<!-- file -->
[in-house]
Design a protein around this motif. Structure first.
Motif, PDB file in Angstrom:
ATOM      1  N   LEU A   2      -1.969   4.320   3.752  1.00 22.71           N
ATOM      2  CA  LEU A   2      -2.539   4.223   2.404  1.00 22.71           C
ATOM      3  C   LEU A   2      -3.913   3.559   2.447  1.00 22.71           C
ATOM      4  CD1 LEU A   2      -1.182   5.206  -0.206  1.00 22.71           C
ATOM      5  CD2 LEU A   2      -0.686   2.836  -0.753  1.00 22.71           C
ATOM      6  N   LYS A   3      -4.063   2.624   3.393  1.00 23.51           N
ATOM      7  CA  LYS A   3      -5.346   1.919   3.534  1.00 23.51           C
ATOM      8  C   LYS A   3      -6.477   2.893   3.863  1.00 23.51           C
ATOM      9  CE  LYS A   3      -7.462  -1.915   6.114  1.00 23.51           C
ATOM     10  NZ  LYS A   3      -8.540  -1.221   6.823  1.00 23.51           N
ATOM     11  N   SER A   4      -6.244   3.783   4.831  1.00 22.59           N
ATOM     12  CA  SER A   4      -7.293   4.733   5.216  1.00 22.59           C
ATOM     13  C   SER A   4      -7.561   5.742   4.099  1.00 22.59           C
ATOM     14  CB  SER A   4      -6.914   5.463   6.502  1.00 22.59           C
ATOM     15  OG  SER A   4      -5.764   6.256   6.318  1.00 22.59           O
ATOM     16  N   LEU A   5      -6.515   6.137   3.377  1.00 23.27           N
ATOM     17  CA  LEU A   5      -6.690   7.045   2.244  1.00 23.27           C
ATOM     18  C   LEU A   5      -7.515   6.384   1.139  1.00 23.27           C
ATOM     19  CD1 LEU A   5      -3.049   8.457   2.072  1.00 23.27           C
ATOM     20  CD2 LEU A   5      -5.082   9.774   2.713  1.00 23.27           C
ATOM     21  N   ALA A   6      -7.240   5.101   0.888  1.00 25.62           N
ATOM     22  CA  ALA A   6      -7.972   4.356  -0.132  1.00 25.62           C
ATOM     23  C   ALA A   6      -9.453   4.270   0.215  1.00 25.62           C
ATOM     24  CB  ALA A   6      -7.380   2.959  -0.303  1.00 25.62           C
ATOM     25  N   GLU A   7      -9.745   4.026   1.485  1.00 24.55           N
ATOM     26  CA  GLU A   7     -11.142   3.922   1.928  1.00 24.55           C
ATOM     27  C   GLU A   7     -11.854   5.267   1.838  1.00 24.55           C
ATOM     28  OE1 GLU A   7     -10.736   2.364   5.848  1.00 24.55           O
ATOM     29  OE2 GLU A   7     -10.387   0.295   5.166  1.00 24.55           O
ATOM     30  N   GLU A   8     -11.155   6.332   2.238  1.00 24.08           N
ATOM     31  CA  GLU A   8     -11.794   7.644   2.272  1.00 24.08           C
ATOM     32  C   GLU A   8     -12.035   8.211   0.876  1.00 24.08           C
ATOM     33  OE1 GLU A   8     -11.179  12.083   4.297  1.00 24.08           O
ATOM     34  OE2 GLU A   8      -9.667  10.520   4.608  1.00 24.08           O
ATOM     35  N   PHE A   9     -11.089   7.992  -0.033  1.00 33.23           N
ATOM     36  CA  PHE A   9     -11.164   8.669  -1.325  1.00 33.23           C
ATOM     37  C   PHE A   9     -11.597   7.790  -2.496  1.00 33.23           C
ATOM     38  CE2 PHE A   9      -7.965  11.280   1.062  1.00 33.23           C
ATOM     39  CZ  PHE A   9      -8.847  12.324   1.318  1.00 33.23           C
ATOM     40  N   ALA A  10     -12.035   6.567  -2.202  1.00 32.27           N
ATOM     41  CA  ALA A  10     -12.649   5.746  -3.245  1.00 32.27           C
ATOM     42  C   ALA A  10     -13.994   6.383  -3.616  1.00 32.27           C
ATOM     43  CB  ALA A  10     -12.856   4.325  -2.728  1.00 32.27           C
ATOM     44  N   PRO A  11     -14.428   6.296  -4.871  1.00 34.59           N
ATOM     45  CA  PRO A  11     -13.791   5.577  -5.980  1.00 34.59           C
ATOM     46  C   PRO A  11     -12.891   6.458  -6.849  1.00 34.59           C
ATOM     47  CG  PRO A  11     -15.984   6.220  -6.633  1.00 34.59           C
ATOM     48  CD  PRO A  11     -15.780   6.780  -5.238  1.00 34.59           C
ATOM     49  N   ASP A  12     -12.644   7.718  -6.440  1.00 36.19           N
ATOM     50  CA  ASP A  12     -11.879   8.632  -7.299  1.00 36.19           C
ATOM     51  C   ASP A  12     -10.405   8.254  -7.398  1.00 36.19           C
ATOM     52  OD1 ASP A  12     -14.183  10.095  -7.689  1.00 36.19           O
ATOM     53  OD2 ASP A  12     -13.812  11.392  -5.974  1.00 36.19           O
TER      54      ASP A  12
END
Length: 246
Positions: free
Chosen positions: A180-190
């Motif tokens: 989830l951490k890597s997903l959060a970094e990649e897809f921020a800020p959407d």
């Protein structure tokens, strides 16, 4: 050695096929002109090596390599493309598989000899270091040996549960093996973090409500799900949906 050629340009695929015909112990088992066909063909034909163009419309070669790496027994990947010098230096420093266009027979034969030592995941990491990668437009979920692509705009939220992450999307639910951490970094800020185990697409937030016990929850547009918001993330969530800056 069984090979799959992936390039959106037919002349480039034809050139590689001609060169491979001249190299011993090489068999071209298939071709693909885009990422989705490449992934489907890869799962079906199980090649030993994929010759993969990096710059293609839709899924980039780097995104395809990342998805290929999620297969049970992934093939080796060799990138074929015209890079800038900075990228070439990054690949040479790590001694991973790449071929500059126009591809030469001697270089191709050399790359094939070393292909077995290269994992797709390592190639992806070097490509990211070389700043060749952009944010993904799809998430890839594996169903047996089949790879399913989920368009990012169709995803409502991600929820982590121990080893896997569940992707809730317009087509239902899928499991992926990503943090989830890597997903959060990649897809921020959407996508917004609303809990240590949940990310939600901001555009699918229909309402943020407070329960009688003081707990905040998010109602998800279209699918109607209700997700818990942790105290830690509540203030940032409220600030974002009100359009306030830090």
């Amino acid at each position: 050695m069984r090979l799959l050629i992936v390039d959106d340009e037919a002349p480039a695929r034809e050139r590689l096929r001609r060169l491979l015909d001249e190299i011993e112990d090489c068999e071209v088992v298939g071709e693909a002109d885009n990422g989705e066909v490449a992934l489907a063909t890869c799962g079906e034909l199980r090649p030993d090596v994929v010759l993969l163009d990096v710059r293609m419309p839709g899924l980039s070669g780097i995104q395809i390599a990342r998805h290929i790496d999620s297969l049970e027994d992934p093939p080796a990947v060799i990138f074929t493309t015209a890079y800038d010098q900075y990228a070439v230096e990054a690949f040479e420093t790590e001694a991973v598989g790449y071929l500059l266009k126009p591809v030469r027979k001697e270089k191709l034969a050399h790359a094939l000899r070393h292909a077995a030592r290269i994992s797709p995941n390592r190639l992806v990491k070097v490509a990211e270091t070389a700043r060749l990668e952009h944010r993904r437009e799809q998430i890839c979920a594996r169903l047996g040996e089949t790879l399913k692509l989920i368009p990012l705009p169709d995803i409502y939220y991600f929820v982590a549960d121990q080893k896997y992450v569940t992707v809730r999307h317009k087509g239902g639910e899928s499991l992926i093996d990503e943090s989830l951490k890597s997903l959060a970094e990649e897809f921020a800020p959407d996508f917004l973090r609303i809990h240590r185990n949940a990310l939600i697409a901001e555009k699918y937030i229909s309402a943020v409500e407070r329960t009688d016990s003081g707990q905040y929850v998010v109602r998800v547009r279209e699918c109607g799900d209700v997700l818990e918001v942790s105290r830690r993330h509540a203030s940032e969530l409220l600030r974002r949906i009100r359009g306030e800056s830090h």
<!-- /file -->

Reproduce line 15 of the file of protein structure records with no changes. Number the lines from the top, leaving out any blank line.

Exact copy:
ATOM     12  CA  SER A   4      -7.293   4.733   5.216  1.00 22.59           C